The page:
Migrevention, a Tallinn-based startup, is developing a series of applications for assisting migraine patients, in what it has dubbed the first fully digital headache clinic in the world, and has plans to eventually register the offering as a medical device with European regulatory authorities, a move that could put it into the hands of millions of users.
For its founders, most of whom have roots in Estonian academia, Migrevention is not just about addressing an unmet clinical need though; it’s personal. CEO Katrina Laks, a scientist at Tallinn University of Technology with a background in genetic engineering, has suffered from migraines for more than 17 years, and it was her own experience that led to the establishment of the firm.
“Migraines are very personal for me,” says Laks. “I’ve had ups and downs,” she says. “Right now I am in a good phase, but it has been harder than it looks and migraines can go into bad places.”
Laks co-founded the company with CSO Mark Braschinsky, a neurologist at Tartu University Hospital, CFO Triinu Niiberg-Pikksööt, a clinical psychologist at the same hospital, and CTO Karl Käis, an entrepreneur, in March 2020. It happened to be on the same day that the country went into its first lockdown related to the COVID-19 Pandemic, but the quartet was undeterred.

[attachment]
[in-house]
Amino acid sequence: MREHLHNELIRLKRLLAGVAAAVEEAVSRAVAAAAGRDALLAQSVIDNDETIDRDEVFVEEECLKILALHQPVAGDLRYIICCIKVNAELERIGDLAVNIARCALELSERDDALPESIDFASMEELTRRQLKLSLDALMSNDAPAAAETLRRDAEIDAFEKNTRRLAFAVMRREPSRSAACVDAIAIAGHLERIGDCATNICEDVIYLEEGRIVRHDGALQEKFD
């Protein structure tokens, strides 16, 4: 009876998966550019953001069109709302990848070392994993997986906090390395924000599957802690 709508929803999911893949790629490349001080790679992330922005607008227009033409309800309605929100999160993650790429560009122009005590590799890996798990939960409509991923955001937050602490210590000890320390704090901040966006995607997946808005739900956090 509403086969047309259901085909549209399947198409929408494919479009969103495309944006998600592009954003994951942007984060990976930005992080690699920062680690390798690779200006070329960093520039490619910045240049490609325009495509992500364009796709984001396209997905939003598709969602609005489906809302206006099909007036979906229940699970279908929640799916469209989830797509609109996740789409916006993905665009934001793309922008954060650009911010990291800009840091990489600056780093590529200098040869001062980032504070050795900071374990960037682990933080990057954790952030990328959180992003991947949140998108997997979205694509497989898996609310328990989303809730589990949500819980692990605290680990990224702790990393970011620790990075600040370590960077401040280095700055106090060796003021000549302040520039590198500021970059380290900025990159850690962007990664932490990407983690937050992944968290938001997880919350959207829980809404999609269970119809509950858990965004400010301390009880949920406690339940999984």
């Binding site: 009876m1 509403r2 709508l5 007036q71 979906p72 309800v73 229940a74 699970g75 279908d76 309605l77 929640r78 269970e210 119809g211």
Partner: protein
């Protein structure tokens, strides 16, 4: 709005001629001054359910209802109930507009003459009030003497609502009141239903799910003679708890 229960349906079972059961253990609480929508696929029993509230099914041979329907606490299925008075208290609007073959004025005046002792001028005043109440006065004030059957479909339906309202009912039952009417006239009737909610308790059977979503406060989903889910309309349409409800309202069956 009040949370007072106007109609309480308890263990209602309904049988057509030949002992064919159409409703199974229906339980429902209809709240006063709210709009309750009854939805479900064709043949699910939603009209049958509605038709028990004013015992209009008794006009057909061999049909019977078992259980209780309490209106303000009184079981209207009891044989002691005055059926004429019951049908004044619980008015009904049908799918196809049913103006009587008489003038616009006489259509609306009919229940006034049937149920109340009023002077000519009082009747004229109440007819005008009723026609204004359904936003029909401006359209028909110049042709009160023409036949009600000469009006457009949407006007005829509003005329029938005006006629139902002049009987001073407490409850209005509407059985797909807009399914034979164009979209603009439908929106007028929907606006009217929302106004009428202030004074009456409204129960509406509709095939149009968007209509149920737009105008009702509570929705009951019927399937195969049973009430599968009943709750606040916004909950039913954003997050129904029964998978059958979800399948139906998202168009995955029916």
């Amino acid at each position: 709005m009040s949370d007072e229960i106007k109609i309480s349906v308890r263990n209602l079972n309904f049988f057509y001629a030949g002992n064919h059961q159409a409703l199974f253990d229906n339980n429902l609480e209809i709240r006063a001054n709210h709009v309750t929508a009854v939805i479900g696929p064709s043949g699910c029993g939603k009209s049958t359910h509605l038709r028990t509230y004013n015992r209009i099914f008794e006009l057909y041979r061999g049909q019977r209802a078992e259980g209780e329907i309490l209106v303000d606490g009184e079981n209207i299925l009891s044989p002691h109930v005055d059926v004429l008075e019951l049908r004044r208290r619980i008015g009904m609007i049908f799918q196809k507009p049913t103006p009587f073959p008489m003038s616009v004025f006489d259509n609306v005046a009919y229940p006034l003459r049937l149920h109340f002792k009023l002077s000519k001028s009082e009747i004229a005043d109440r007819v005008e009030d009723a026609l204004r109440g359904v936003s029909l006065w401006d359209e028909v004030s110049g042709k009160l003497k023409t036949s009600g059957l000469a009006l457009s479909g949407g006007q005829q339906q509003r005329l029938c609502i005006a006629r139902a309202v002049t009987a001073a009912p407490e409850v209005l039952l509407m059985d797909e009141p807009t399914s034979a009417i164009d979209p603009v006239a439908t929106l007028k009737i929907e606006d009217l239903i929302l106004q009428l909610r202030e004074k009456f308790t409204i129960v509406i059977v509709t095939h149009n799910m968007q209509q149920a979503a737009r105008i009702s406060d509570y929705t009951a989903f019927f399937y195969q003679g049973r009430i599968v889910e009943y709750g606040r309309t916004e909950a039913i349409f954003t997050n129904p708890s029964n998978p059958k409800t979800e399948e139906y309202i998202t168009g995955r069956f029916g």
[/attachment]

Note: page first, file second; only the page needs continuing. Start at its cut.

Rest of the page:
“I realized that we had the opportunity to offer a digital headache clinic that had not been offered via the conventional headache platform that has been used for years,” says Laks. She maintains that most of the people in need are not getting adequate treatment at the moment and that by improving treatment pathways, patients can avoid the complications that arise when migraines are not controlled, migraine chronification and secondary complications like anxiety and depression.
“You can never get rid of the problem,” she notes. “If you are a migraine patient, you will stay a migraine patient, but you can keep some of the migraine episodes away.”
After incorporating, Migrevention embarked on a phase I project with Quretec, a health registries software provider based in Tartu, as well as the Connected Health Cluster, a national partnership between health-related stakeholders in Estonia that was founded by Tehnopol Science and Research Park. The initial project, called Migrevention Virtual Headache Clinic, ran from June to October 2020, with a budget of 50,000 €, and was partly financed in part by the European Regional Development Fund. A second project with similar budget also followed to support Migrevention developments.
Last year, the company received a 333,000 € grant through the Green ICT program for a co-development project, which is bankrolled by Estonia and Norway. The project, called Development of Migrevention Digital Headache Clinic, commenced in June 2021 and will run through the end of May 2023. It has a total budget of 666,000 €.
“The Green ICT program is actually really good for product and regulatory pathway development, as it helps us to amplify that part of the funds that we put into development,” commented Laks.